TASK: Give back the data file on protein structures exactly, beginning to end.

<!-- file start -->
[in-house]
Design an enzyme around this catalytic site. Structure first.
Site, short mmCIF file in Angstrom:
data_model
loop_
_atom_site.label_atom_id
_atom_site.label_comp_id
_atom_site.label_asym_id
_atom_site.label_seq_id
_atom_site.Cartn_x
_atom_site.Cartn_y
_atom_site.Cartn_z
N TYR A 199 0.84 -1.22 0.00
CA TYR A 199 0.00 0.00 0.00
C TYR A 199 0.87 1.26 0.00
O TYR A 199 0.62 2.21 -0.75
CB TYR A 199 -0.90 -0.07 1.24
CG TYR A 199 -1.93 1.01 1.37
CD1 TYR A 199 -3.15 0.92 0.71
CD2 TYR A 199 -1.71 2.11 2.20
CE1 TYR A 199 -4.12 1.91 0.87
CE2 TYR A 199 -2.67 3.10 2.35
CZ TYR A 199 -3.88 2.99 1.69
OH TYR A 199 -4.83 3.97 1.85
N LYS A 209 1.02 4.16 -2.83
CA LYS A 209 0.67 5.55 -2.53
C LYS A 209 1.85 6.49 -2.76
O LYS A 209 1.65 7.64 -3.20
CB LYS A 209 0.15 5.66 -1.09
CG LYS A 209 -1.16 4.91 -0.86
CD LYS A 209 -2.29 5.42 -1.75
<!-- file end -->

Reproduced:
[in-house]
Design an enzyme around this catalytic site. Structure first.
Site, short mmCIF file in Angstrom:
data_model
loop_
_atom_site.label_atom_id
_atom_site.label_comp_id
_atom_site.label_asym_id
_atom_site.label_seq_id
_atom_site.Cartn_x
_atom_site.Cartn_y
_atom_site.Cartn_z
N TYR A 199 0.84 -1.22 0.00
CA TYR A 199 0.00 0.00 0.00
C TYR A 199 0.87 1.26 0.00
O TYR A 199 0.62 2.21 -0.75
CB TYR A 199 -0.90 -0.07 1.24
CG TYR A 199 -1.93 1.01 1.37
CD1 TYR A 199 -3.15 0.92 0.71
CD2 TYR A 199 -1.71 2.11 2.20
CE1 TYR A 199 -4.12 1.91 0.87
CE2 TYR A 199 -2.67 3.10 2.35
CZ TYR A 199 -3.88 2.99 1.69
OH TYR A 199 -4.83 3.97 1.85
N LYS A 209 1.02 4.16 -2.83
CA LYS A 209 0.67 5.55 -2.53
C LYS A 209 1.85 6.49 -2.76
O LYS A 209 1.65 7.64 -3.20
CB LYS A 209 0.15 5.66 -1.09
CG LYS A 209 -1.16 4.91 -0.86
CD LYS A 209 -2.29 5.42 -1.75